Tuesday, June 3, 2008

Battlestar Galactica: Season 4, Episode 8, "Sine Qua Non"

After three straight adrenaline-fueled episodes, Battlestar Galactica returned from its Memorial Day hiatus with “Sine Qua Non”, a frustratingly uneven character study probing into the collective consciousness of those left behind in the wake of the events in “Guess What’s Coming to Dinner?” It’s tempting to think of “Sine Qua Non” as a regression of sorts, a callback to the meandering character sketches of the first few episodes of BSG’s fourth and final season. But whereas those earlier revelations often felt frivolous, exploring the remaining fleet’s reaction to the disappearance of their President, to say nothing of half the fleet’s military strength, was of the utmost importance.

“Sine Qua Non” opens up promisingly enough, with a blizzard of washed-out hallucinatory sequences imagined by Natalie, the gutshot cylon leader, superimposed against a flurry of medical activity, as Galactica’s medics rush to resuscitate their new ally. They fail through no fault of their own, and with her last act Natalie, true to the sensuous nature of her model, grasps blindly for one last physical touch, here provided by the good Doc Cottle. Apparently I was wrong in my speculation that she might be the dying leader. Ah well.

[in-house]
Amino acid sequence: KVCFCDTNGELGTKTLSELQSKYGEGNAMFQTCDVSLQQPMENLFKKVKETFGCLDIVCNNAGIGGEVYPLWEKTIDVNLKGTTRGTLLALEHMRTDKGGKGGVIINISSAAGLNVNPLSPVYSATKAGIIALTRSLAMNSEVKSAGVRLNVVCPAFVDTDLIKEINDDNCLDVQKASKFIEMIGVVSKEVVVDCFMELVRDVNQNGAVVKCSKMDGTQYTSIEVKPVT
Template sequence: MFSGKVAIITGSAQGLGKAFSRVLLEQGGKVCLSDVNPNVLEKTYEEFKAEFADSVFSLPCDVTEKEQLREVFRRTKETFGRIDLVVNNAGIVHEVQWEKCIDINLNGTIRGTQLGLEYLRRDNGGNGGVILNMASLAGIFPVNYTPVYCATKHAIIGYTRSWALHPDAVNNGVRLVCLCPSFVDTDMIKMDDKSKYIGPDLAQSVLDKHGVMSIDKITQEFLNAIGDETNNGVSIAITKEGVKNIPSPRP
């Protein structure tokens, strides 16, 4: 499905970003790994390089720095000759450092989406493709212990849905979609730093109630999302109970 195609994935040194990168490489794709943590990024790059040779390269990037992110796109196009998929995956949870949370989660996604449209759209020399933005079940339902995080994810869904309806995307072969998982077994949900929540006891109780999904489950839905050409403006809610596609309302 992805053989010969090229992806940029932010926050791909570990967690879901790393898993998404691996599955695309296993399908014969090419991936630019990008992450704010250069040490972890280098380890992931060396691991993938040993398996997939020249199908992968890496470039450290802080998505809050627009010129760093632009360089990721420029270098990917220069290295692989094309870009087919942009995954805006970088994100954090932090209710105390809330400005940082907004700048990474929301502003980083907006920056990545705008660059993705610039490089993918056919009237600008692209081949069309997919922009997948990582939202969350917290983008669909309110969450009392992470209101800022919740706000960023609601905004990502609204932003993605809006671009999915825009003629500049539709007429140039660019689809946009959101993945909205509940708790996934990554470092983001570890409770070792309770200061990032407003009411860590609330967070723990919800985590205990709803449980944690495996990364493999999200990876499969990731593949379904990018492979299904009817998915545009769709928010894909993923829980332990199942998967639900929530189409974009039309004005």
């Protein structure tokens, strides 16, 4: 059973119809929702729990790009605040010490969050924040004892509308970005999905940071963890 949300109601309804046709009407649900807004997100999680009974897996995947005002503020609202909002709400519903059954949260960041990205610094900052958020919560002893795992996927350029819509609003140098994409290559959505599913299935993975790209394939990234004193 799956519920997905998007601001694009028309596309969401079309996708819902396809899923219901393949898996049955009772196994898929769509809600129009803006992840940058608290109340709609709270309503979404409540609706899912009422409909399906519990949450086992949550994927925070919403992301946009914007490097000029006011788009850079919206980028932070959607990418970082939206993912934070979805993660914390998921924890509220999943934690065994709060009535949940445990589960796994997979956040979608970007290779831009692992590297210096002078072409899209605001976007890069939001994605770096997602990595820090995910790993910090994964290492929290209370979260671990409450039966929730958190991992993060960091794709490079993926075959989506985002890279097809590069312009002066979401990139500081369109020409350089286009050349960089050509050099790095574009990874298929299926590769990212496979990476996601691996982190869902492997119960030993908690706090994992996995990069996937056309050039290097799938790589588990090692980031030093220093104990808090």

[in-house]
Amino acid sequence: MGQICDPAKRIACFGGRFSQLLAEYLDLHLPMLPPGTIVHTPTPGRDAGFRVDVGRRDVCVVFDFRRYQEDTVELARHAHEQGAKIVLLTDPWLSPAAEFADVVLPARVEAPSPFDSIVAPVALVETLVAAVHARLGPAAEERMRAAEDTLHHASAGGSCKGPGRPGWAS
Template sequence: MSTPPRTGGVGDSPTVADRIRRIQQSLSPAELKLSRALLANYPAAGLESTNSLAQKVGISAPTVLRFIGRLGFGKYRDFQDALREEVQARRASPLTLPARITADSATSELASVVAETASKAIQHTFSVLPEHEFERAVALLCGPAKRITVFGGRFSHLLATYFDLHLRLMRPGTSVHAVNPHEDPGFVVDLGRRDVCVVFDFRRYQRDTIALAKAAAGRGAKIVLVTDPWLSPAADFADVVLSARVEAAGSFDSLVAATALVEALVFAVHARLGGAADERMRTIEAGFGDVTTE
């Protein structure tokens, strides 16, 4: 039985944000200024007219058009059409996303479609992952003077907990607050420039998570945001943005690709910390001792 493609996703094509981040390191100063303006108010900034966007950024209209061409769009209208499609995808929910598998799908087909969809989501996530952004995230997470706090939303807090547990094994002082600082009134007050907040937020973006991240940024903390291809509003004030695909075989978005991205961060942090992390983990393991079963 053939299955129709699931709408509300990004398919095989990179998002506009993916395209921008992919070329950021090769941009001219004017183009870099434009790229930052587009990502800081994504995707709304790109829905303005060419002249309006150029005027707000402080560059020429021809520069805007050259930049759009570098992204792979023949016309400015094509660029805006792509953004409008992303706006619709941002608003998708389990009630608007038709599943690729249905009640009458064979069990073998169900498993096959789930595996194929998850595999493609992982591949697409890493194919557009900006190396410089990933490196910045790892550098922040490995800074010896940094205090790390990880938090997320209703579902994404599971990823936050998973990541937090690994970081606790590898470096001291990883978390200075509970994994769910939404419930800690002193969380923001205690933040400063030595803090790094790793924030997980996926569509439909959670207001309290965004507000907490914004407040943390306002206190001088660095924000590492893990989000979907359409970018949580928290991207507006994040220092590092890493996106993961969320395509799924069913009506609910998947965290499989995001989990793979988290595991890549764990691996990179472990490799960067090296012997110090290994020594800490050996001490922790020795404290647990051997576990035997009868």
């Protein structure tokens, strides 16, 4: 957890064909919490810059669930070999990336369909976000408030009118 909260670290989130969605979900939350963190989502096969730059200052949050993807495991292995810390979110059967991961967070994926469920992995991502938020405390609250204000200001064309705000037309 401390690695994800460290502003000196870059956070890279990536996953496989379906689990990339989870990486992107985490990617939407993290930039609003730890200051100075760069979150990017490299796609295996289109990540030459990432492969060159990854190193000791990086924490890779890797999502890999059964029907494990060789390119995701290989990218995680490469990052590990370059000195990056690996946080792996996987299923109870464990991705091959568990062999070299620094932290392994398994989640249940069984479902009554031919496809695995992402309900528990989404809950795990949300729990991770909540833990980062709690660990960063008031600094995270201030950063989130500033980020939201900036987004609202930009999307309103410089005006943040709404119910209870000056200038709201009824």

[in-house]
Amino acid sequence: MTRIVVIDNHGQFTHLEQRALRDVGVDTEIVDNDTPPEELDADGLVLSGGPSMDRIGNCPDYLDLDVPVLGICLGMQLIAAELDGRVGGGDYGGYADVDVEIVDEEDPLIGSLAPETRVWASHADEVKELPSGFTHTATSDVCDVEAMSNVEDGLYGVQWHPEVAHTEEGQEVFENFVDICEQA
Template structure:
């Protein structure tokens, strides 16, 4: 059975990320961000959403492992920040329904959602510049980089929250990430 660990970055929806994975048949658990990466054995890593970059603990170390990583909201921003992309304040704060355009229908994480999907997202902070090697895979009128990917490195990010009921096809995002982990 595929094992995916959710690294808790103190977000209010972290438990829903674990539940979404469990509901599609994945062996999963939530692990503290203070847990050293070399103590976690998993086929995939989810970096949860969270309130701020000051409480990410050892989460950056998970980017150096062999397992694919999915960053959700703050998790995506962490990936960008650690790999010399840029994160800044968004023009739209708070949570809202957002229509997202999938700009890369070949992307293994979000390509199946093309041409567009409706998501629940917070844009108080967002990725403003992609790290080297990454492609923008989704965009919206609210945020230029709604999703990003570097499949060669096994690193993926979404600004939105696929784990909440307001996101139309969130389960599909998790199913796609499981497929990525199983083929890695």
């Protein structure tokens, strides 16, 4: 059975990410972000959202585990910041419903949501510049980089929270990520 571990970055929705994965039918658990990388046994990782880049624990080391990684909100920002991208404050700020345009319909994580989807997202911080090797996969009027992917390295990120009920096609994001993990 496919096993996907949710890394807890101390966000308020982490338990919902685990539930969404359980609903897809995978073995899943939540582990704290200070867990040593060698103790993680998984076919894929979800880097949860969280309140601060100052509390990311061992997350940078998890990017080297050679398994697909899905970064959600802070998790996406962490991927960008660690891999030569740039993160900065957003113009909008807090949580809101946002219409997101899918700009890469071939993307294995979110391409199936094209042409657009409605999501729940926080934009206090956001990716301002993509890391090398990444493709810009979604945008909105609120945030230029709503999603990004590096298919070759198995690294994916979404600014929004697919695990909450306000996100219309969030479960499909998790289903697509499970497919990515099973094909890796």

Elsewhere, Vice President Tom Zarek, the former terrorist and master politician, attempts to assume control of the Presidency, as stipulated in the constitution. In a strange turn, the normally expedient Admiral Adama—the man who accepted the presidency of Gaius Baltar, for goodness’ sake—outright refuses to acknowledge Zarek’s legitimacy, and so the youngest member of the quorum, the Admiral’s son Lee, is tasked to find a suitable replacement for Zarek, while the Admiral is forced to look within for the first time in a great while. Thus are the two main thrusts of this episode launched.

It was always apparent to anyone paying attention that Lee’s foray into politics was going to result in him becoming President. And that’s okay—inevitability is a perfectly acceptable narrative choice, provided the journey in question is handled deftly. Unfortunately it hasn’t been. Lee has always been the least defined character on the show, and his dealings with the quorum this season have totally compounded this. Jamie Bamber is a great actor, but his recent scenes, apart from negotiating the safety of Gaius Baltar, have always seemed perfunctory at best, superfluous at worst. That dynamic continues here, as the writers had to bring in Romo Lampkin, erstwhile public defender, just to get Lee sped along.